• Self-study for the AP calculus exam. If you're a motivated student with a strong aptitude for math, it's possible to self-study for the AP exam. Taking an AP course isn't a requirement for taking an AP exam, and colleges will be impressed if you earn a 4 or 5 on the AP exam after self-study.

    Do Colleges Like Advanced Math Topics?

    Success on an AP calculus course is one of the best ways to demonstrate your college readiness in mathematics. There are, however, two AP calculus courses: AB and BC.

    According to the College Board, the AB course is equivalent to the first year of college calculus, and the BC course is equivalent to the first two semesters. The BC course introduces topics of sequences and series, in addition to the general coverage of integral and differential calculus found on the AB exam.

    For most colleges, the admissions folks will be happy with the very fact that you've studied calculus. While the BC course is more impressive, you won't be hurting yourself with AB calculus. Note that far more college applicants take AB, rather than BC, calculus.

    At schools with strong engineering programs, however, you may find that BC calculus is strongly preferred and that you won't earn calculus placement credit for the AB exam. This is because, at a school like MIT, the content of the BC exam is covered in a single semester. The second semester of calculus is multi-variable calculus, something not covered in the AP curriculum. The AB exam, in other words, covers a half-semester of college calculus and isn't sufficient for placement credit. Taking AP Calculus AB is still a big plus in the application process, but you won't always earn course credit for a high score on the exam.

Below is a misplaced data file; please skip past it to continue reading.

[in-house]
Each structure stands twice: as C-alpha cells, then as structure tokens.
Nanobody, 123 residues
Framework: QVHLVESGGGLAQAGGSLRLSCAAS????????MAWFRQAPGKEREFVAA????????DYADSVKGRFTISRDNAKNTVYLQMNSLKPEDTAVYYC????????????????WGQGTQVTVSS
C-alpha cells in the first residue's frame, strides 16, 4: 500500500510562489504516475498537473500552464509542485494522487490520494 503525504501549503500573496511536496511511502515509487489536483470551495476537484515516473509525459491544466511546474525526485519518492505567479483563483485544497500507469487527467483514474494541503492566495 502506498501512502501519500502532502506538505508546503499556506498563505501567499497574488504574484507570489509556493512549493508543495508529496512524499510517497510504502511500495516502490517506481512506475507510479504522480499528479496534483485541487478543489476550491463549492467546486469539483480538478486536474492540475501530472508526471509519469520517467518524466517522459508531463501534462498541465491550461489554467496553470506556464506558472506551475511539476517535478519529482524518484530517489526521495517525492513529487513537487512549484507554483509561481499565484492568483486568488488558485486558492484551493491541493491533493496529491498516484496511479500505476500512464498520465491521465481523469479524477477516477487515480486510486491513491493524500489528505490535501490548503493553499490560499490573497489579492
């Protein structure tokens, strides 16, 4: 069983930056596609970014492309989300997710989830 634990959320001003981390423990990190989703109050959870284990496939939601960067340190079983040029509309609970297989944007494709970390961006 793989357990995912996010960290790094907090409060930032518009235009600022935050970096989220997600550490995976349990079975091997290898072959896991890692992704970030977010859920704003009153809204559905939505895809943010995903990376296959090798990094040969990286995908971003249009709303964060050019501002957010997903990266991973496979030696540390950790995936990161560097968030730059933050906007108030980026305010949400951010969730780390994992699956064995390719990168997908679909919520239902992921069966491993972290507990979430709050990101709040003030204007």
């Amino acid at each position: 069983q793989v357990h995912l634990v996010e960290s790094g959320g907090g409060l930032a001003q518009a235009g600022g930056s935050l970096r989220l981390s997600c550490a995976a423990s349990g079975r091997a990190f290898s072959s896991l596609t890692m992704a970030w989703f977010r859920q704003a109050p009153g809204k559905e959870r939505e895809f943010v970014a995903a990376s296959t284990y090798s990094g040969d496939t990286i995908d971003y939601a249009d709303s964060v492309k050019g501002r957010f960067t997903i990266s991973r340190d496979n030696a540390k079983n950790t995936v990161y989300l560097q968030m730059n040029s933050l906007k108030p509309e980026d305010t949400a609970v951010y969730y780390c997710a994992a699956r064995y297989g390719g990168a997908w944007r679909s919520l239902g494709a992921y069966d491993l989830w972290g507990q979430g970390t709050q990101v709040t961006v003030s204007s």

What Does This All Mean?

    Very few colleges have a definite requirement regarding calculus or four years of math. A college doesn't want to be in a position where it has to reject an otherwise well-qualified applicant due to a lack of calculus classwork.

    That said, take the "strongly recommended" guidelines seriously. For most colleges, your high school record is the single most important component of your application. It should show that you've taken the most challenging courses possible, and your success in upper-level math courses is a great indicator that you can succeed in college.

    A 4 or 5 on one of the AP calculus exams is about the best evidence you can provide of your math readiness, but most students don't have that score available at the time applications are due.

    The table below sums up the math recommendations for a range of colleges and universities.

    College Math Requirement
    Auburn 3 years required: Algebra I and II, and either geometry, trig, calc, or analysis
    Carleton Minimum 2 years algebra, one year geometry, 3 or more years math recommended
    Centre College 4 years recommended
    Harvard Be well-versed in algebra, functions, and graphing, calculus good but not required
    Johns Hopkins 4 years recommended
    MIT Math through calculus recommended
    NYU 3 years recommended
    Pomona 4 years expected, calculus highly recommended
    Smith College 3 years recommended
    UT Austin 3 years required, 4 years recommended